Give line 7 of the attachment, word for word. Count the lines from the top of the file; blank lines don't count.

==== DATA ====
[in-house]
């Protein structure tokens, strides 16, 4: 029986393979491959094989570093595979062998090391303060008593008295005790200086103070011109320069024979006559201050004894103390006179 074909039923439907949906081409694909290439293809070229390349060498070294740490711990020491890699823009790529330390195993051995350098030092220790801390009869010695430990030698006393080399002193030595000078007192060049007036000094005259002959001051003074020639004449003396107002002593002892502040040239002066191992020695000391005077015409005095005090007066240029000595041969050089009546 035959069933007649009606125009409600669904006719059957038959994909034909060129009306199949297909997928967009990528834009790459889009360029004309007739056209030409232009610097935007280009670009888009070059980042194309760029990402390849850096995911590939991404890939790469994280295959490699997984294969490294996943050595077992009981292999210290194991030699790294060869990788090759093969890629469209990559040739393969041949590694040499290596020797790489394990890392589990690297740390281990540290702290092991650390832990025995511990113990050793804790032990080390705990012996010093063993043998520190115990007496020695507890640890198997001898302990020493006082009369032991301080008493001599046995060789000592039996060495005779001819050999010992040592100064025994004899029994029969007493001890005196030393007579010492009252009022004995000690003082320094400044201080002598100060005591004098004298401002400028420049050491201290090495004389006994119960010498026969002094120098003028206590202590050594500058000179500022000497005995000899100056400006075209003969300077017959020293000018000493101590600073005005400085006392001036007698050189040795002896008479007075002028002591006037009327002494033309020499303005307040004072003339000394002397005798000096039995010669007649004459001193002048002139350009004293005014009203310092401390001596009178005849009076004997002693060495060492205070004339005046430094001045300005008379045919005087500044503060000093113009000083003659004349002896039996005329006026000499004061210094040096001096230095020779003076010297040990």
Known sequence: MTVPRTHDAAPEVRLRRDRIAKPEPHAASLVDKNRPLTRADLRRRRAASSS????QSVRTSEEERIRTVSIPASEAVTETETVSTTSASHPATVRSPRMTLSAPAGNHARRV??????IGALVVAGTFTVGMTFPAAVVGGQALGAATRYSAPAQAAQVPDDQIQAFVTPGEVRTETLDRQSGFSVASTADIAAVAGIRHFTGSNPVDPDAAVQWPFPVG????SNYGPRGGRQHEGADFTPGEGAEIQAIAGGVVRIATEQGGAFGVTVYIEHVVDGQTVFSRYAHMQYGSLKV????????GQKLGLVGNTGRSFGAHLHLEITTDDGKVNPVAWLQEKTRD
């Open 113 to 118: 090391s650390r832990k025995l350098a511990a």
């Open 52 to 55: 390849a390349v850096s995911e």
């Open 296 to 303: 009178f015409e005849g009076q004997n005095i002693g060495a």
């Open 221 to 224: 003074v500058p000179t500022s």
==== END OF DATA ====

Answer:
């Open 221 to 224: 003074v500058p000179t500022s």